Article appeared in issue 4, 2020
A year of change and challenge
ifac, the farming, food and agribusiness professional services firm, published its third annual Food and AgriBusiness Report. David Leydon, head of food and agribusiness, shares the key insights
Growing a food business has never been easy: identifying the right market opportunity, producing a product, building a team, establishing routes to market, creating experiences that differentiate your brand, and all while delivering a sensible margin is an ongoing challenge.
Add into the mix a global pandemic and Brexit, and Irish food producers are building businesses in unprecedented times. While routes to market for food producers continue to be dominated by multiples and independent retailers, online sales are showing a significant growth.
As expected, positive sentiment has declined: the ifac Optimism Index is at a three-year low, declining from a high of 74% in 2018 to 55% of businesses in 2020. Revenue has decreased for over half of businesses, with over 60% of businesses availing of Covid-19 supports. The Temporary Wage Subsidy Scheme was accessed by 39% of businesses, showing its true value in helping to maintain employment. Employment subsidy schemes will continue to play a major role for many firms through much of 2021 especially those food producers focussed on food service channels.
On a positive note, there is real resilience in the sector. We see this in the proactive steps businesses took to deal with the crisis and how only one in 10 businesses expects to employ fewer people in the coming year.
Covid-19 has accelerated existing digital trends. More businesses are moving online, as offline market restrictions continue and consumer expectations change. Businesses that don't engage with digital change risk falling behind. We note a year-on-year increase of 54% in the number of food and agribusinesses trading online, and while this is not a panacea, it is part of building the digital muscle of a business.
Environmental measures to tackle climate change continue at pace, with managing waste and by-products, sustainable packaging, environmentally conscious suppliers and energy-saving initiatives, all top priorities for Irish food businesses.
Transitioning the business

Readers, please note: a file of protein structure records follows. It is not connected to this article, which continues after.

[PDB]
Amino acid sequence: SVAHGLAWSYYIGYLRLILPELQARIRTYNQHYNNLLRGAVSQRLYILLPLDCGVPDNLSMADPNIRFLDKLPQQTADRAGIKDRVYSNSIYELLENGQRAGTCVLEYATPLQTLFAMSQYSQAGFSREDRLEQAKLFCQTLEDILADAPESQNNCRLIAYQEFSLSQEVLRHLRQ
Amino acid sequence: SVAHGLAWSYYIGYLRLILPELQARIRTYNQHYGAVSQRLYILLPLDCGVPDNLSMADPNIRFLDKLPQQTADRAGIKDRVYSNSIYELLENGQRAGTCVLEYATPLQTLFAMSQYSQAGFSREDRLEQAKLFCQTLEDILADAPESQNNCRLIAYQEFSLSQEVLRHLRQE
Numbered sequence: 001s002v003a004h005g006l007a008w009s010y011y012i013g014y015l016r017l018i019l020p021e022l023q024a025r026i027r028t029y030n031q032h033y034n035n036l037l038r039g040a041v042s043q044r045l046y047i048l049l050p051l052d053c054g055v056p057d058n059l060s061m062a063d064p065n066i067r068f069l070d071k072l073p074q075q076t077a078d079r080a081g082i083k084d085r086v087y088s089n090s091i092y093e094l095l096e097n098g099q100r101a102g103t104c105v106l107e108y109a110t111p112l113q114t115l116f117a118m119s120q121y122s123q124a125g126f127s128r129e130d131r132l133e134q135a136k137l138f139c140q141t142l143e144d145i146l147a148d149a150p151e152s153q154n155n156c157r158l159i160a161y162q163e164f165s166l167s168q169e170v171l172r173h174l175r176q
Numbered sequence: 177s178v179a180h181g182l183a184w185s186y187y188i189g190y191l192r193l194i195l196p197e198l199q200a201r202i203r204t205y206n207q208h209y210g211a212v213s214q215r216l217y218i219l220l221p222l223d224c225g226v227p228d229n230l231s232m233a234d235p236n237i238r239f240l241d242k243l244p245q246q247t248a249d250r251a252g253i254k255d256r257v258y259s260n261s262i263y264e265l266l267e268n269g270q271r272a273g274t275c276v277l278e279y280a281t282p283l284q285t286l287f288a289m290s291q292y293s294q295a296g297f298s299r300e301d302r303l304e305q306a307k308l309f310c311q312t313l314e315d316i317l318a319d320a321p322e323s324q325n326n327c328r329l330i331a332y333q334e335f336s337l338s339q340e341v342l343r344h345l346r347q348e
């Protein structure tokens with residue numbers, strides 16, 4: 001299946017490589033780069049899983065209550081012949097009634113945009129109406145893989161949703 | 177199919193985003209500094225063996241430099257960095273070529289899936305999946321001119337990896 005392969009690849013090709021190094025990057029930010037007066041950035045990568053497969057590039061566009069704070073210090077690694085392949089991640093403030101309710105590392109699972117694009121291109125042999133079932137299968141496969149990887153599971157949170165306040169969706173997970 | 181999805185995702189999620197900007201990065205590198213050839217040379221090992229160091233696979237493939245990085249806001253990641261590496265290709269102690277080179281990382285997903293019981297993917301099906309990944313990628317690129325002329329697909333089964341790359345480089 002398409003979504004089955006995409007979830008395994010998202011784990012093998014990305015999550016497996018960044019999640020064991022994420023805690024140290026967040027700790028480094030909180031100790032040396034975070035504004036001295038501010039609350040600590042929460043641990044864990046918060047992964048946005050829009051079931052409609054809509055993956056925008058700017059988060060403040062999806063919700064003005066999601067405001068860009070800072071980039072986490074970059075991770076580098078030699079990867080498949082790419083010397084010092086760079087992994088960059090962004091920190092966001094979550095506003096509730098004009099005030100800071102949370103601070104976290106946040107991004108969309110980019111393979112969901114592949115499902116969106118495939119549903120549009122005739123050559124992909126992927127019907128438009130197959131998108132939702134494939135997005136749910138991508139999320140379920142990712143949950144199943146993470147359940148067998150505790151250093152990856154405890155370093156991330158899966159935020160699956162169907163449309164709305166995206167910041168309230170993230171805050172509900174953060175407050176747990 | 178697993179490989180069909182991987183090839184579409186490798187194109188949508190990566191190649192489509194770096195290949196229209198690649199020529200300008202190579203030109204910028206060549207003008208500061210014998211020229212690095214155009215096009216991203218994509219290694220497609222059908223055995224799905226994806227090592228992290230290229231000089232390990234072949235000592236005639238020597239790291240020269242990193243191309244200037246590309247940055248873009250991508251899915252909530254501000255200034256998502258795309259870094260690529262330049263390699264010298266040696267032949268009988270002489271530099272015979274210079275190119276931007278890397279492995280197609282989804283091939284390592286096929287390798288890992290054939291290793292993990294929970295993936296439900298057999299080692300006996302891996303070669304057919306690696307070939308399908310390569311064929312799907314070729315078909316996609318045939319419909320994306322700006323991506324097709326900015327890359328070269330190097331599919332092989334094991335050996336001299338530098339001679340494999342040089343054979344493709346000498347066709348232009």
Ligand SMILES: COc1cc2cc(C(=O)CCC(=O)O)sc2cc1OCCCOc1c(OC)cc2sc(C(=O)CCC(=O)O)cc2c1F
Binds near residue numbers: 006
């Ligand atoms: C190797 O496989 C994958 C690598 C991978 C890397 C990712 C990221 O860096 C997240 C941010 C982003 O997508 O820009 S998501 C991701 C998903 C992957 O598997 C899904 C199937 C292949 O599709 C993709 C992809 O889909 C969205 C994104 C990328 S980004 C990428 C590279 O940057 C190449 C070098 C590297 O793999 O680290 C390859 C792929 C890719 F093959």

Nearly one third of respondents would consider selling their business in the next five years. This is a 60% increase on the 2019 figure. The challenges of operating a small business should never be underestimated. Reasons for considering a sale include tight margins, retirement, and the challenge of recovering from the impacts of Covid-19.
Brexit has been overshadowed by Covid-19, however, the first of January, 2021 will see significant change to how we deal with our neighbours in the United Kingdom. Only 48% of businesses believe they are prepared for Brexit. Almost a fifth are not prepared at all. Medium-sized companies were more likely to feel prepared, with 59% reflecting an ability to allocate resources to Brexit planning. This makes smaller businesses more vulnerable. Increased costs, tariffs, loss of UK sales and transport disruption are the main worries. Brexit, taking place in the middle of a pandemic, is shaping up to be a perfect storm for the sector.
While it’s hardly business as usual, the trends which are having the most impact on food businesses remain constant. Year-on-year, the top three trends continue to be sustainable packaging, local provenance and veganism. What is noteworthy is that sustainable packaging is no longer the standout trend, although its mentions have increased since 2019. Local provenance and veganism have grown in relative importance.
One trend that has been positively impacted by Covid-19 is local provenance. Irish consumers recognised the importance of supporting locally produced products. Technology has played its part in supporting this trend with the emergence of platforms like Neighbourfood.ie enabling more producers to sell online directly to consumers.
For food brands, having credentials from supply chain to packaging that are environmentally friendly will be increasingly important. Our packaging article in the full ifac report highlights how business owners can integrate this practically into their own businesses.
Routes to market
Before the arrival of Covid-19, food businesses tended to have well-established route to market strategies. With Covid-19, in the immediate term at least, many established routes to market were disrupted. Irish food businesses have been forced to react and adopt new ways of doing business. While supermarkets and independent retailers continue to be the primary routes to market for the majority of SME food businesses at 52% of respondents, alternatives including specialist shops (7%) and online sales (6%) have a role to play in a more diversified route to market strategy. Reducing your reliance on just one route to market will help to de-risk your business as you grow forward in a year of change and challenge.
Download the full report at